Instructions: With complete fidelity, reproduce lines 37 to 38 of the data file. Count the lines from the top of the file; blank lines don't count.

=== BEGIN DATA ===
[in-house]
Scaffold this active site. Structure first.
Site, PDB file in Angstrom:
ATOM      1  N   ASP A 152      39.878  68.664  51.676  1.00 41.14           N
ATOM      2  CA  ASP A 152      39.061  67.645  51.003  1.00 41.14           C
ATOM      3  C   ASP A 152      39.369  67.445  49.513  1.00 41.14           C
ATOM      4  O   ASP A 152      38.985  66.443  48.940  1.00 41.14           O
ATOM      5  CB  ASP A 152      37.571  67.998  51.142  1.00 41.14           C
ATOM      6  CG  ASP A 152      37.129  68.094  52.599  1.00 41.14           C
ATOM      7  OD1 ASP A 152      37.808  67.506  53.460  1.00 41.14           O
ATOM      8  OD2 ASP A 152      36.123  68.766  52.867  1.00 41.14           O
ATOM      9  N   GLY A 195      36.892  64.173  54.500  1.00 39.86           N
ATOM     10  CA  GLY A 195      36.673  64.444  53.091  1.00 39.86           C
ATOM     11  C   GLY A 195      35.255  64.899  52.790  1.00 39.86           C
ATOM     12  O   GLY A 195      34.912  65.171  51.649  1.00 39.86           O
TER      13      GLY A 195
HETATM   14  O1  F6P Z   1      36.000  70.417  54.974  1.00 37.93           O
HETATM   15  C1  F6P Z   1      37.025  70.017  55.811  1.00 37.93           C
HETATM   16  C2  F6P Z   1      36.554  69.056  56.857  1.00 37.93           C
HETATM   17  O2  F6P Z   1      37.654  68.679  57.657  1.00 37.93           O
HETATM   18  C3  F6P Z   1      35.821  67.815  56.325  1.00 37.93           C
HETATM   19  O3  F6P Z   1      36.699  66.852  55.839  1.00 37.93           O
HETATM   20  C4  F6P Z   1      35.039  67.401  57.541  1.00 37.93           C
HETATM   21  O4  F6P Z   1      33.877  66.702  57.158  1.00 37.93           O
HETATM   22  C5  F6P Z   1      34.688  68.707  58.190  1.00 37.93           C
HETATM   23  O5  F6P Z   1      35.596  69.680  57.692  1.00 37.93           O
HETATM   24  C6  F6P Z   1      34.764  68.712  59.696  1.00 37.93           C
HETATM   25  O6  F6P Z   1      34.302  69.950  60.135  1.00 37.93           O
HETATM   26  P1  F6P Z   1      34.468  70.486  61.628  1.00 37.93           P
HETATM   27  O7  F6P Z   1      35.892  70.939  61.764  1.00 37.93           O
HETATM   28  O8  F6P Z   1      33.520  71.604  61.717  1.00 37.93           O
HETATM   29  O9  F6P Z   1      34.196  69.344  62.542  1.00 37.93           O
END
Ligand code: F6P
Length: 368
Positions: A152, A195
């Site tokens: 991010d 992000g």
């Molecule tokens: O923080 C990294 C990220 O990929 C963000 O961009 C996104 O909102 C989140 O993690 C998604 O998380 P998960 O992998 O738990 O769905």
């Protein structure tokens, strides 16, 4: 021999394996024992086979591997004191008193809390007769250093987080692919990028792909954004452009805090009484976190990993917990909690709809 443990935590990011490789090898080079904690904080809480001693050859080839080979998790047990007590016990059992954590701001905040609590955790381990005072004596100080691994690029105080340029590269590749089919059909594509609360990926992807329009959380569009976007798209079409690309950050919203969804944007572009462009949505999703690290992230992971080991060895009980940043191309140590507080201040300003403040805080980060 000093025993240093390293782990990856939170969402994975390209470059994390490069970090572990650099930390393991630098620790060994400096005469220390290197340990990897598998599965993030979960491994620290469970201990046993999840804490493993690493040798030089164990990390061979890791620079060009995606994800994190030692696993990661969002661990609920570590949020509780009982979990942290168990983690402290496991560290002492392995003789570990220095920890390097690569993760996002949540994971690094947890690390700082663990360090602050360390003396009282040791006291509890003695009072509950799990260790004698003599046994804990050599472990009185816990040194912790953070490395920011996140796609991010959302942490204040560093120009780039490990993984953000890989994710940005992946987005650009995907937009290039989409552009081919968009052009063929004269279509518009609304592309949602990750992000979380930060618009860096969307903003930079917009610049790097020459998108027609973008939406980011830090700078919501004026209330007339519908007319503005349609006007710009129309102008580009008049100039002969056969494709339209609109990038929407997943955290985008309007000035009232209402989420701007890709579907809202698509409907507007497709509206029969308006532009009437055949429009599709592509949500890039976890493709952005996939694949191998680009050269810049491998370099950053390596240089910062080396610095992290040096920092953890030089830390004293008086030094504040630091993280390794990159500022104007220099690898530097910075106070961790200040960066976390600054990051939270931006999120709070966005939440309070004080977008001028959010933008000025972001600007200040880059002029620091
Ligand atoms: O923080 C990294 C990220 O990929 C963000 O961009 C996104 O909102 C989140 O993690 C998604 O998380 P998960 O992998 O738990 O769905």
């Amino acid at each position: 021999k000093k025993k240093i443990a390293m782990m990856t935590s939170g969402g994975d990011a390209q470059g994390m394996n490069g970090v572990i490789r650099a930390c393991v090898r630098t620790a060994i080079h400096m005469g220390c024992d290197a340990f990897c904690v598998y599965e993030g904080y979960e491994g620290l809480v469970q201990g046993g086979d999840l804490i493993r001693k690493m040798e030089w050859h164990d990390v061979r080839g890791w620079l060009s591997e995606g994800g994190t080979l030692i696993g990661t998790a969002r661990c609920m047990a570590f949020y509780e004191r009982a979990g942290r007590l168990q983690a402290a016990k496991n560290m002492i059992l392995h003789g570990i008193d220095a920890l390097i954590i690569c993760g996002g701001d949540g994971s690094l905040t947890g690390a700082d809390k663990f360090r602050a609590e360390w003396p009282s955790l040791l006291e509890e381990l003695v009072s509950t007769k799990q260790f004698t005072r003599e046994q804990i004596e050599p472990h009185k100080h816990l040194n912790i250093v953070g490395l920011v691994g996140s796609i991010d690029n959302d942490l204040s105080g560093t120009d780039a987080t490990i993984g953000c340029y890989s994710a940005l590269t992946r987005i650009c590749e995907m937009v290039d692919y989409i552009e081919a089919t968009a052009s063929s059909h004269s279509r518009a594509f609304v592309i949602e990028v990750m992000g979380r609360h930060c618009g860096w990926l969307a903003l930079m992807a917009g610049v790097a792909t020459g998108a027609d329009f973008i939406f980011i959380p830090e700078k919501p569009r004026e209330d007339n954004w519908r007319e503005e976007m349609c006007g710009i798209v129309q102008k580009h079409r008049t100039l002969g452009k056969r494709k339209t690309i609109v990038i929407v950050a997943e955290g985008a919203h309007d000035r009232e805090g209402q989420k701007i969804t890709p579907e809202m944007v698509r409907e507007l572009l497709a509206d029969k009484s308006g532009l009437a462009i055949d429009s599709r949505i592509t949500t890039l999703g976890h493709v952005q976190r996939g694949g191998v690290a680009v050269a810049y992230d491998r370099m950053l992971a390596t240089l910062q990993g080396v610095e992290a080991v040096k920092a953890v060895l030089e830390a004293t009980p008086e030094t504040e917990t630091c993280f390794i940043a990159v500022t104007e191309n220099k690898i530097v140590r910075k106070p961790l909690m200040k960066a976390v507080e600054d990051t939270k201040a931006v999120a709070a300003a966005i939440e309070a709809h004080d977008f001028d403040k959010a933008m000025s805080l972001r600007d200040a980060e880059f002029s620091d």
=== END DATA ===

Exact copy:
């Site tokens: 991010d 992000g």
């Molecule tokens: O923080 C990294 C990220 O990929 C963000 O961009 C996104 O909102 C989140 O993690 C998604 O998380 P998960 O992998 O738990 O769905």